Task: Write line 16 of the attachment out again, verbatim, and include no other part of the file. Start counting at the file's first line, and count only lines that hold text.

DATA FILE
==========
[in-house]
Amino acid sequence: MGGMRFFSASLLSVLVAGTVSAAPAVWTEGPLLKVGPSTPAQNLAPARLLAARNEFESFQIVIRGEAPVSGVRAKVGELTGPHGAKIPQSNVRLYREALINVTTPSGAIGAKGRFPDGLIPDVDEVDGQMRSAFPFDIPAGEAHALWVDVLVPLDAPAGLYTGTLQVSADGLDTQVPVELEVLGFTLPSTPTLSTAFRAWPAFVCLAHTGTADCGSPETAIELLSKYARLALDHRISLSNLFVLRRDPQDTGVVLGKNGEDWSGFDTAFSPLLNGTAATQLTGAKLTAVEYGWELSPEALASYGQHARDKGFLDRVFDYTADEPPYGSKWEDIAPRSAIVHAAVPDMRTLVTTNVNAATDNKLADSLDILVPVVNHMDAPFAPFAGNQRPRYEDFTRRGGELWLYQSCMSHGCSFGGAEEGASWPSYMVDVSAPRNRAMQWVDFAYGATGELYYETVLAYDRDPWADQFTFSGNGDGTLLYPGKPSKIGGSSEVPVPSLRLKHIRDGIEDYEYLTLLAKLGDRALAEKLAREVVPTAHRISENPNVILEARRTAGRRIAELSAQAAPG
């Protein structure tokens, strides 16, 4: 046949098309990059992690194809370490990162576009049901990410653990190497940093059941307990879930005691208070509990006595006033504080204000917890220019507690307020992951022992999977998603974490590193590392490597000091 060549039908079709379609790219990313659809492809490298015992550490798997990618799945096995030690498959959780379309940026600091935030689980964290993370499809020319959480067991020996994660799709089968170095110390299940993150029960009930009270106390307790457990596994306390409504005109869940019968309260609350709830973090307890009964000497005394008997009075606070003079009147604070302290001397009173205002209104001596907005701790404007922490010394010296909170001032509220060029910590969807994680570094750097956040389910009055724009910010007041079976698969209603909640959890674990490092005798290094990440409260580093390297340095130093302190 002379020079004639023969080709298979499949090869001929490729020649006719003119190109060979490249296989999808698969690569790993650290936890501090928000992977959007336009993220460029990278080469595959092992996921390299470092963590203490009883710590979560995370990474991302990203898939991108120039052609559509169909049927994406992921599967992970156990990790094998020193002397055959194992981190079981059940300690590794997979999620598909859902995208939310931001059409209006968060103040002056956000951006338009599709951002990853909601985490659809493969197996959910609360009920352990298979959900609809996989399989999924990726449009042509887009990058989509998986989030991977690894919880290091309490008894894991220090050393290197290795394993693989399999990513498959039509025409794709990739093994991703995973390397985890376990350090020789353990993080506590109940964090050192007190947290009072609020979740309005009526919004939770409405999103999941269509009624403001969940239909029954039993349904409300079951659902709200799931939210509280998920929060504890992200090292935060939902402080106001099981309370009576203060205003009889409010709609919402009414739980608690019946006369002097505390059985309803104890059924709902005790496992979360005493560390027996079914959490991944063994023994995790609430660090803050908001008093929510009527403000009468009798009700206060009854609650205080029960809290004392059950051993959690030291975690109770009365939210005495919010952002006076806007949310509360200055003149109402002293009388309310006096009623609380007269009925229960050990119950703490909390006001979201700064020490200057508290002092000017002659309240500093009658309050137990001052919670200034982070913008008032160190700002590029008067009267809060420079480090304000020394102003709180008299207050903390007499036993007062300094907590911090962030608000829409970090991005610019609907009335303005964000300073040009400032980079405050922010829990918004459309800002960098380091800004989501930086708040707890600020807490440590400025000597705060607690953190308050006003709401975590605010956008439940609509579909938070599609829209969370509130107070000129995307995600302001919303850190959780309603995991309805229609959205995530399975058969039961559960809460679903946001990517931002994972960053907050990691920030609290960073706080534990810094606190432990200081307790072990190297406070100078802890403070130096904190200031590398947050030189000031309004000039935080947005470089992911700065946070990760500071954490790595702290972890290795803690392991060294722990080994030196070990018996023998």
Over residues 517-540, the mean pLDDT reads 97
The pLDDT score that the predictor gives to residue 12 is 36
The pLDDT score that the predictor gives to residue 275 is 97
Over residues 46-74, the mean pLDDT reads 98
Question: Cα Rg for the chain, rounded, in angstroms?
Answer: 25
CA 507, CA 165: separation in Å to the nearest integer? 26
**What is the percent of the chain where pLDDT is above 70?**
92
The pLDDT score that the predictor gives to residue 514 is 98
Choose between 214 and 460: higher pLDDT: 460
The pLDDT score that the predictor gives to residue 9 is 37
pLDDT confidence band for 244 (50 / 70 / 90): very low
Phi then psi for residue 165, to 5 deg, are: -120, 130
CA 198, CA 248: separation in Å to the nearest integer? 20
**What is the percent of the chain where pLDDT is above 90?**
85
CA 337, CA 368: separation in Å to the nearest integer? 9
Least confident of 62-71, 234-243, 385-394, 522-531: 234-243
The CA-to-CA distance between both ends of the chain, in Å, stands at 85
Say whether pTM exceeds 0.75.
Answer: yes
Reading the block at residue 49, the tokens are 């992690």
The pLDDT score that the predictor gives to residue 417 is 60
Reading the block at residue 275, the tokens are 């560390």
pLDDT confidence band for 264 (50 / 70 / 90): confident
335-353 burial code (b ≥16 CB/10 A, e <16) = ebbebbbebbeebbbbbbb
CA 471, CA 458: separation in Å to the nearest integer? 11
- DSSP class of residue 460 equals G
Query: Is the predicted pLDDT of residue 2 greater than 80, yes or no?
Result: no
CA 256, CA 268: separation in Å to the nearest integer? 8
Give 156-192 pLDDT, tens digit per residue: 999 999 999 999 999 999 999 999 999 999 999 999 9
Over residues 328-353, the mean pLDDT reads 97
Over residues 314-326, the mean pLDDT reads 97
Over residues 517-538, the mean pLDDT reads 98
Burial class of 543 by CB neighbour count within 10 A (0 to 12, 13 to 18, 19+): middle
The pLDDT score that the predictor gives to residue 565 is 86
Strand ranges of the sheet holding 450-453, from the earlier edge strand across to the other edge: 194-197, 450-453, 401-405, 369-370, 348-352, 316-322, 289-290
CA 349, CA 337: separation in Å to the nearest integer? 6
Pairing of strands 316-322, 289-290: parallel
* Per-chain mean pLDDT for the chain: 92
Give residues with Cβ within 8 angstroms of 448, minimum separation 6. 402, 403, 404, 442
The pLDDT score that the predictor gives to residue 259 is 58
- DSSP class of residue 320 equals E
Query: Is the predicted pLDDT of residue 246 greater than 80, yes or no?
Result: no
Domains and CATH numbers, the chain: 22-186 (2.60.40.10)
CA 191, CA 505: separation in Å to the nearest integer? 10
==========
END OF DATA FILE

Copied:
pLDDT confidence band for 244 (50 / 70 / 90): very low